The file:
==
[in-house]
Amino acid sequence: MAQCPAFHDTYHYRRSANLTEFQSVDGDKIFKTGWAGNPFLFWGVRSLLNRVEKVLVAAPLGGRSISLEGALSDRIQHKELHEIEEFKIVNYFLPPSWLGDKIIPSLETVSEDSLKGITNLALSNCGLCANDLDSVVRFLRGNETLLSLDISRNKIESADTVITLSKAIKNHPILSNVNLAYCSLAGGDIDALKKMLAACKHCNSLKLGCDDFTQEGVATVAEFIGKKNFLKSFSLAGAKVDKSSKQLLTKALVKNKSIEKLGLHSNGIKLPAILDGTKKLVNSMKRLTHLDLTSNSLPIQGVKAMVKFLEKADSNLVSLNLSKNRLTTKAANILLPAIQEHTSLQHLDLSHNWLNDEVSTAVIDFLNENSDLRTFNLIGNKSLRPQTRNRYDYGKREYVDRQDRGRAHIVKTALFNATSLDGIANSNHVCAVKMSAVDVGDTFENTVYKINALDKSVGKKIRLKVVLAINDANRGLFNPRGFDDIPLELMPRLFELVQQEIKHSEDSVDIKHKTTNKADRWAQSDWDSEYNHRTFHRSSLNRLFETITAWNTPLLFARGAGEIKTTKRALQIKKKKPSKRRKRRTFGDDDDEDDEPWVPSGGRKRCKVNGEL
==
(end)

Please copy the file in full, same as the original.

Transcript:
[in-house]
Amino acid sequence: MAQCPAFHDTYHYRRSANLTEFQSVDGDKIFKTGWAGNPFLFWGVRSLLNRVEKVLVAAPLGGRSISLEGALSDRIQHKELHEIEEFKIVNYFLPPSWLGDKIIPSLETVSEDSLKGITNLALSNCGLCANDLDSVVRFLRGNETLLSLDISRNKIESADTVITLSKAIKNHPILSNVNLAYCSLAGGDIDALKKMLAACKHCNSLKLGCDDFTQEGVATVAEFIGKKNFLKSFSLAGAKVDKSSKQLLTKALVKNKSIEKLGLHSNGIKLPAILDGTKKLVNSMKRLTHLDLTSNSLPIQGVKAMVKFLEKADSNLVSLNLSKNRLTTKAANILLPAIQEHTSLQHLDLSHNWLNDEVSTAVIDFLNENSDLRTFNLIGNKSLRPQTRNRYDYGKREYVDRQDRGRAHIVKTALFNATSLDGIANSNHVCAVKMSAVDVGDTFENTVYKINALDKSVGKKIRLKVVLAINDANRGLFNPRGFDDIPLELMPRLFELVQQEIKHSEDSVDIKHKTTNKADRWAQSDWDSEYNHRTFHRSSLNRLFETITAWNTPLLFARGAGEIKTTKRALQIKKKKPSKRRKRRTFGDDDDEDDEPWVPSGGRKRCKVNGEL